@kRazzyR: I am not the author of the code. Best would be to put your questions here: github.com/timelyportfolio/sunburstR/issues
    – vonjd
    Jan 8, 2018 at 6:59

You can create something along the lines of a sunburst plot using geom_tile from the ggplot2 package. Let's first create some random data:

require(ggplot2); theme_set(theme_bw())
dat = data.frame(expand.grid(x = 1:10, y = 1:10),
                 z = sample(LETTERS[1:3], size = 100, replace = TRUE))

And then create the raster plot. Here, the x axis in the plot is coupled to the x variable in dat, the y axis to the y variable, and the fill of the pixels to the z variable. This yields the following plot:

p = ggplot(dat, aes(x = x, y = y, fill = z)) + geom_tile() 

enter image description here

The ggplot2 package supports all kinds of coordinate transformations, one of which takes one axis and projects it on a circle, i.e. polar coordinates:

p + coord_polar()

enter image description here

This roughly does what you need, now you can tweak dat to get the desired result.

  • I admit it works, but it does not look quite production quality. I get irregular white spaces in between the rings. But thanks for the effort!
    – dmvianna
    Oct 17, 2012 at 6:01
  • I do not have the irregular white spaces, at least not in the png I posted above. Do you have the latest ggplot2 version? Oct 17, 2012 at 6:02
  • I just updated it to be sure, and I still have that. I'm using a Windows machine.
    – dmvianna
    Oct 17, 2012 at 6:14
  • 1
    The problem probably goes away when you dump the figure to file. Oct 17, 2012 at 6:23
  • 1
    That's a polar grid, not a sunburst !
    – PAC
    Aug 7, 2014 at 13:21

There is a package called ggsunburst. Sadly is not in CRAN but you can install it from Github: didacs/ggsunburst.

enter image description here


Here's a ggplot2 sunburst with two layers.

The basic idea is to just make a different bar for each layer, and make the bars wider for the outer layers. I also messed with the x-axis to make sure there's no hole in the middle of the inner pie chart. You can thus control the look of the sunburst by changing the width and x-axis values.


# make some fake data
df <- data.frame(
    'level1'=c('a', 'a', 'a', 'a', 'b', 'b', 'c', 'c', 'c'), 
    'level2'=c('a1', 'a2', 'a3', 'a4', 'b1', 'b2', 'c1', 'c2', 'c3'), 
    'value'=c(.025, .05, .027, .005, .012, .014, .1, .03, .18))

# sunburst plot
ggplot(df, aes(y=value)) +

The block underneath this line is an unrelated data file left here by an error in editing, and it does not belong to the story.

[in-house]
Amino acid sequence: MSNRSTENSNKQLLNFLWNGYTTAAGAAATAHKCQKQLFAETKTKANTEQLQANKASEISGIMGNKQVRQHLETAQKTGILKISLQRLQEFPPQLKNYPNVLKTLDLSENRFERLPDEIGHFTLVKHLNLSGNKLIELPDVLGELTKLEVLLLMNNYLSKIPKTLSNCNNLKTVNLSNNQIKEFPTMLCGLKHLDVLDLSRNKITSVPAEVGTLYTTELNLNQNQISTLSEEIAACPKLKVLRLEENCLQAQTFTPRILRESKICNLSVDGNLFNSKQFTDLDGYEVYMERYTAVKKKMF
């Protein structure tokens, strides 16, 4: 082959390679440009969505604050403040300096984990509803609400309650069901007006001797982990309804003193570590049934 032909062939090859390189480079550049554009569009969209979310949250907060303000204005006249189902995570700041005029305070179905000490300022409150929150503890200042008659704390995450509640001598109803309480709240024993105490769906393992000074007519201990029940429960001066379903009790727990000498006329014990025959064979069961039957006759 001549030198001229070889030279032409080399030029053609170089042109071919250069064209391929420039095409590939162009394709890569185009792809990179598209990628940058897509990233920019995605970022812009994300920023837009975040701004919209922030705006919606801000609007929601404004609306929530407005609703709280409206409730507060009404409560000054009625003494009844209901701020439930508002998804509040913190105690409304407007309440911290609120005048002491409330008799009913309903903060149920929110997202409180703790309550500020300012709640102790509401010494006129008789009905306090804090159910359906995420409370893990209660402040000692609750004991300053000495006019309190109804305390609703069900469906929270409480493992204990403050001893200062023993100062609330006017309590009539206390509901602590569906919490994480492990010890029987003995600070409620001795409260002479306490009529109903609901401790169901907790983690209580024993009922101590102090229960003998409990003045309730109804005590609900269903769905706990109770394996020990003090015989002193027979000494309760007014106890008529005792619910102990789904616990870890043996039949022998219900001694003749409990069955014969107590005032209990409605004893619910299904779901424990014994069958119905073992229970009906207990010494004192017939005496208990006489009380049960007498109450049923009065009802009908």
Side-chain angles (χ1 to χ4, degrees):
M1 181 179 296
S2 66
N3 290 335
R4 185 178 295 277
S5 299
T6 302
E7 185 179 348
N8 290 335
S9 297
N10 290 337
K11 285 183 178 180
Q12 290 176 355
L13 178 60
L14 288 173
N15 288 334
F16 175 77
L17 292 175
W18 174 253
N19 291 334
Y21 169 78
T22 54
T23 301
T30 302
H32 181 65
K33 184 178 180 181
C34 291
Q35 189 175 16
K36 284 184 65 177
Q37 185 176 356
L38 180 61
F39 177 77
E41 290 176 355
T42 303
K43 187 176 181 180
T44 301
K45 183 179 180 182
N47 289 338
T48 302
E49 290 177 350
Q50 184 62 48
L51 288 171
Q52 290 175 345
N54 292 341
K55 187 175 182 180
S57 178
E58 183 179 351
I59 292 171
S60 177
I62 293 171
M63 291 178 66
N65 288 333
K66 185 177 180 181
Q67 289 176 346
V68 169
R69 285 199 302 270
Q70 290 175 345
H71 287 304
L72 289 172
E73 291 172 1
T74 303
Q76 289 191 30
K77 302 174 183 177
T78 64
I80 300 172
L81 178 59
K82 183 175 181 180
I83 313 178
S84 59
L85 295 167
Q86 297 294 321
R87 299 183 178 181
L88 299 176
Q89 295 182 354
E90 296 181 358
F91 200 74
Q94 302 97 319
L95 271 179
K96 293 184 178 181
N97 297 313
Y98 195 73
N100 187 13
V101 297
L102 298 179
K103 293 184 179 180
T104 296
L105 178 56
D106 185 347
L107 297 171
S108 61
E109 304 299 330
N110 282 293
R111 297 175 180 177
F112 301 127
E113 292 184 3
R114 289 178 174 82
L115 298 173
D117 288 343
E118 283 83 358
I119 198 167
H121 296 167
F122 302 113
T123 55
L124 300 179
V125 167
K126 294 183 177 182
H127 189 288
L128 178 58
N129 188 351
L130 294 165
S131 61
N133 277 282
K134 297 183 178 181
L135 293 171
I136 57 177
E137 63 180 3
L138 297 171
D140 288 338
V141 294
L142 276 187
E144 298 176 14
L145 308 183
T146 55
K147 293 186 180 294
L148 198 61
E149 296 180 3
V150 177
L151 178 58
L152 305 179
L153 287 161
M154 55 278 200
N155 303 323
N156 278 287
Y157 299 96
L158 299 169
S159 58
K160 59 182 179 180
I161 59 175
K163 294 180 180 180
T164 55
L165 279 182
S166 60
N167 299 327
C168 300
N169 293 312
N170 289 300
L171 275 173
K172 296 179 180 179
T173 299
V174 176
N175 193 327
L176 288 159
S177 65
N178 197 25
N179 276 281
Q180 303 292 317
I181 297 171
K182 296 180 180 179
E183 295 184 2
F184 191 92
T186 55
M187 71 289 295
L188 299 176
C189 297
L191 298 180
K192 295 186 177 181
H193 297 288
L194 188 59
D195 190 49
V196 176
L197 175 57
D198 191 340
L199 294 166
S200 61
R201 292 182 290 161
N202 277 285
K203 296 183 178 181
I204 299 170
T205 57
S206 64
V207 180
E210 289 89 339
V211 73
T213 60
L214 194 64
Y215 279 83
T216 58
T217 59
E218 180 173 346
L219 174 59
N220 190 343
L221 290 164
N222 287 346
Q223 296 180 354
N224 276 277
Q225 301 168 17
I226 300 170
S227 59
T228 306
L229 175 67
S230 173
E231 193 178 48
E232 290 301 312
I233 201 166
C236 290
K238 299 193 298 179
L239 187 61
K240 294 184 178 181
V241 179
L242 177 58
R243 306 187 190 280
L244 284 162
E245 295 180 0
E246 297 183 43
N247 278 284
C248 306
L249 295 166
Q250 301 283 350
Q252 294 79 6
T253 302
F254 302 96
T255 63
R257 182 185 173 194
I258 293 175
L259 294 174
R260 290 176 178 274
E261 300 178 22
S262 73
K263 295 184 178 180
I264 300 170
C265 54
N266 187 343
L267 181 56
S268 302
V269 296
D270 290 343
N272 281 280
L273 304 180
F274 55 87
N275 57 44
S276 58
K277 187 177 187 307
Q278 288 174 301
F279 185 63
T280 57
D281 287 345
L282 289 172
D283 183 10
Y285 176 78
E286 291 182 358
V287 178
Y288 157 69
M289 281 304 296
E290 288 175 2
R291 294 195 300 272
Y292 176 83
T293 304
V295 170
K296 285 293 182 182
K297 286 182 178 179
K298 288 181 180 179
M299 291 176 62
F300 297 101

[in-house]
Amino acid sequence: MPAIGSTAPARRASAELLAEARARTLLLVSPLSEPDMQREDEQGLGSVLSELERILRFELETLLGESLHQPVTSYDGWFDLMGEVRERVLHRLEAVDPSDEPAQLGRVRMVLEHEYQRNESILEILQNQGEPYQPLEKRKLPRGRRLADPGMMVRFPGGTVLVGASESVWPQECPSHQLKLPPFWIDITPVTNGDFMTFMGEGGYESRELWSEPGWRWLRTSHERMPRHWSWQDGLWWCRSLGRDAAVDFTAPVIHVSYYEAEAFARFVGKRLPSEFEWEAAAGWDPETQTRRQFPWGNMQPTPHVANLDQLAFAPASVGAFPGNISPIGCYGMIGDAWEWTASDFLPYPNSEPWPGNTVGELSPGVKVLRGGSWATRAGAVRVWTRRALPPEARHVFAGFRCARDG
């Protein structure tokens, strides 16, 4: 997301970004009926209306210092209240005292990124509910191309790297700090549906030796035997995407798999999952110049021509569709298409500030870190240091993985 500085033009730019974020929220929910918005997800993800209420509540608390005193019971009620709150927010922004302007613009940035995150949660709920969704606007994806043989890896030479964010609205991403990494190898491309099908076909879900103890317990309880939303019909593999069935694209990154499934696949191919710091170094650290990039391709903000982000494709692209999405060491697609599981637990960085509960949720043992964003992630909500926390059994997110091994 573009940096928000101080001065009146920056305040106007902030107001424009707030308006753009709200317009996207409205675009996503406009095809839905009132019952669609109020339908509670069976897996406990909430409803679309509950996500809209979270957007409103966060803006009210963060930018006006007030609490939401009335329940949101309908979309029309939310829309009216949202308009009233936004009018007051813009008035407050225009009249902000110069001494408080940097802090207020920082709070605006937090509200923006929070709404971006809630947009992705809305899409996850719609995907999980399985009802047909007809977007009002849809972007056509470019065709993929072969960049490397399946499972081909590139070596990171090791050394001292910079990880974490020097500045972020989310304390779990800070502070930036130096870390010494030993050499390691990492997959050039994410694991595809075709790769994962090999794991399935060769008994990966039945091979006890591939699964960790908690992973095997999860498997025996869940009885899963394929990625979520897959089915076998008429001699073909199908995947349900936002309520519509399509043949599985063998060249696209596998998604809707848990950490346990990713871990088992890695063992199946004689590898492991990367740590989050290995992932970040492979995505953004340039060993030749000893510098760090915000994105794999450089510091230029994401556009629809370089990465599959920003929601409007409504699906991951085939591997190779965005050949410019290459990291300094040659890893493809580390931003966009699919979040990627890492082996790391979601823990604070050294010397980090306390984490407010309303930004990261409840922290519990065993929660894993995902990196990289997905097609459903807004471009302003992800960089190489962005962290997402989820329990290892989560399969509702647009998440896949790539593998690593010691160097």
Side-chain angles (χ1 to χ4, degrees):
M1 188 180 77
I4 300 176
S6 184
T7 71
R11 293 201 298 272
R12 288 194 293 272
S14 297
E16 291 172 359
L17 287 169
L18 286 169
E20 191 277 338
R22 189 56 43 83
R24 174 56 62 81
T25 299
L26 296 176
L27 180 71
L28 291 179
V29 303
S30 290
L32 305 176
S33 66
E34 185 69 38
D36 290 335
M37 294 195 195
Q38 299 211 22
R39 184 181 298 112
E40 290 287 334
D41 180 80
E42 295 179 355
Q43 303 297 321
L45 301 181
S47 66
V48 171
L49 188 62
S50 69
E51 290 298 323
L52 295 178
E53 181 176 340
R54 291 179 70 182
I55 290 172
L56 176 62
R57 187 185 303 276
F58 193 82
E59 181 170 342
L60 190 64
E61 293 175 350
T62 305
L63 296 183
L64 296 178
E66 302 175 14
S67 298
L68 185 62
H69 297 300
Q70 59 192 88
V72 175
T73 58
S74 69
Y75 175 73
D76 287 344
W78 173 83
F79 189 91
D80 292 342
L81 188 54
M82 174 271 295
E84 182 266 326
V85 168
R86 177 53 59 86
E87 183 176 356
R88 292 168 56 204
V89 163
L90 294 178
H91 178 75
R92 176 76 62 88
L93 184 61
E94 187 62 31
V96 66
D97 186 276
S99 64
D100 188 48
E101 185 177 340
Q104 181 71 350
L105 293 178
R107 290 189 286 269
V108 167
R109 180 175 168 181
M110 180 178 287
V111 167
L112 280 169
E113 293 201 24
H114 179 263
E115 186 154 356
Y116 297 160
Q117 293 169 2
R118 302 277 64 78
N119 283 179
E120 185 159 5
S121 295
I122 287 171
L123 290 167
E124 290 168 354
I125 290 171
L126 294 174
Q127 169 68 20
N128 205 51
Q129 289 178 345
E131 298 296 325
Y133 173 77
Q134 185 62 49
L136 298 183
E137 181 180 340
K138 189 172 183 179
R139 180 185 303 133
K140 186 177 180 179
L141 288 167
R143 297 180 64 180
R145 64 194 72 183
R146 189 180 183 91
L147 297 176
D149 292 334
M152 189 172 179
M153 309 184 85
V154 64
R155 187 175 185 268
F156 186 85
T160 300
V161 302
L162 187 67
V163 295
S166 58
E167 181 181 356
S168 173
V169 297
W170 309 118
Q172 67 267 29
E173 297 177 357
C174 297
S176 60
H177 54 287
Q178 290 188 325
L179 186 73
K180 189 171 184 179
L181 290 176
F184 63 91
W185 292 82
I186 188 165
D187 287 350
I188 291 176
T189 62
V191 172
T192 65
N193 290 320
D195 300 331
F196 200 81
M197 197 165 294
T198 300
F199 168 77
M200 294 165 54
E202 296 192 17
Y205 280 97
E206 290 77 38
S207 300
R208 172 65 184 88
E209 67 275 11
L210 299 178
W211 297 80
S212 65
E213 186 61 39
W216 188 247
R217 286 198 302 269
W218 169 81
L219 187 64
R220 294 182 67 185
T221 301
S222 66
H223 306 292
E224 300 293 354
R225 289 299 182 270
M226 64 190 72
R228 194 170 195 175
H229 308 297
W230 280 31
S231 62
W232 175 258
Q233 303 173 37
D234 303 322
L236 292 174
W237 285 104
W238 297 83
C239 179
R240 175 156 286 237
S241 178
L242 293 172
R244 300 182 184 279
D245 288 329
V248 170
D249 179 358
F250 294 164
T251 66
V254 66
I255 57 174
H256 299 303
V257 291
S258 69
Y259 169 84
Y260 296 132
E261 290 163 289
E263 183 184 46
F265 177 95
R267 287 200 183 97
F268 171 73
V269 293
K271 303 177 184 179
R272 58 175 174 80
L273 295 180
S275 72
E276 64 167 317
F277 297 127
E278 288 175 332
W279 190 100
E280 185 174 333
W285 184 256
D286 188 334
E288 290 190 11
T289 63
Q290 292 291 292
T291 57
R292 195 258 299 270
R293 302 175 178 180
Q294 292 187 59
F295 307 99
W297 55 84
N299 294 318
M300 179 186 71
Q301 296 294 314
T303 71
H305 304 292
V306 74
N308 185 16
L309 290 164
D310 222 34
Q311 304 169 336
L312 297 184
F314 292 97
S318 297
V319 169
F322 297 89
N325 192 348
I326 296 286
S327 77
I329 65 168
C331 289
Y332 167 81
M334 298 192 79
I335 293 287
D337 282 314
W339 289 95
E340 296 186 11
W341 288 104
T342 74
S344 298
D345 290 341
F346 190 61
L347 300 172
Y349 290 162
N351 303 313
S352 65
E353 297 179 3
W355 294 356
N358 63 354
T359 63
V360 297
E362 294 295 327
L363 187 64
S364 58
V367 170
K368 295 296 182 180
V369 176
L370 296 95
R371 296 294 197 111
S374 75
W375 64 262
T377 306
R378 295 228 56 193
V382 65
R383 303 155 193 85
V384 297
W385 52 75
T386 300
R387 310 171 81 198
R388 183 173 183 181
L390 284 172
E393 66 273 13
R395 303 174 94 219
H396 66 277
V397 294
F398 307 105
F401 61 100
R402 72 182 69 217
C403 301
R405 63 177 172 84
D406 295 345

geom_bar(aes(fill=level1, x=0), width=.5, stat='identity') + 
    geom_bar(aes(fill=level2, x=.25), width=.25, stat='identity') + 

enter image description here

The only disadvantage this has compared to sunburst-specific software is that it assumes you want the outer layers to be collectively exhaustive (i.e. no gaps). "Partially exhaustive" outer layers (like in some of the other examples) are surely possible but more complicated.

For completeness, here it is cleaned up with nicer formatting and labels:


# compute cumulative sum for outer labels
df <- data.table(df)
df[, cumulative:=cumsum(value)-(value/2)]

# store labels for inner circle
inner_df <- df[, c('level1', 'value'), with=FALSE]
inner_df[, level1_value:=sum(value), by='level1']
inner_df <- unique(text_df[, c('level1', 'level1_value'), with=FALSE])
inner_df[, cumulative:=cumsum(level1_value)]
inner_df[, prev:=shift(cumulative)]
inner_df[is.na(prev), position:=(level1_value/2)]
inner_df[!is.na(prev), position:=(level1_value/2)+prev]

colors <- c('#6a3d9a', '#1F78B4', '#33A02C', '#3F146D', '#56238D', '#855CB1', '#AD8CD0', '#08619A', '#3F8DC0', '#076302', '#1B8416', '#50B74B')
colorNames <- c(unique(as.character(df$level1)), unique(as.character(df$level2)))
names(colors) <- colorNames

ggplot(df, aes(y=value, x='')) +
    geom_bar(aes(fill=level2, x=.25), width=.25, stat='identity') + 
    geom_bar(aes(fill=level1, x=0), width=.5, stat='identity') + 
    geom_text(data=inner_df, aes(label=level1, x=.05, y=position)) + 
    coord_polar(theta='y') + 
    scale_fill_manual('', values=colors) +
    theme_minimal() + 
    guides(fill=guide_legend(ncol=1)) +
    labs(title='') +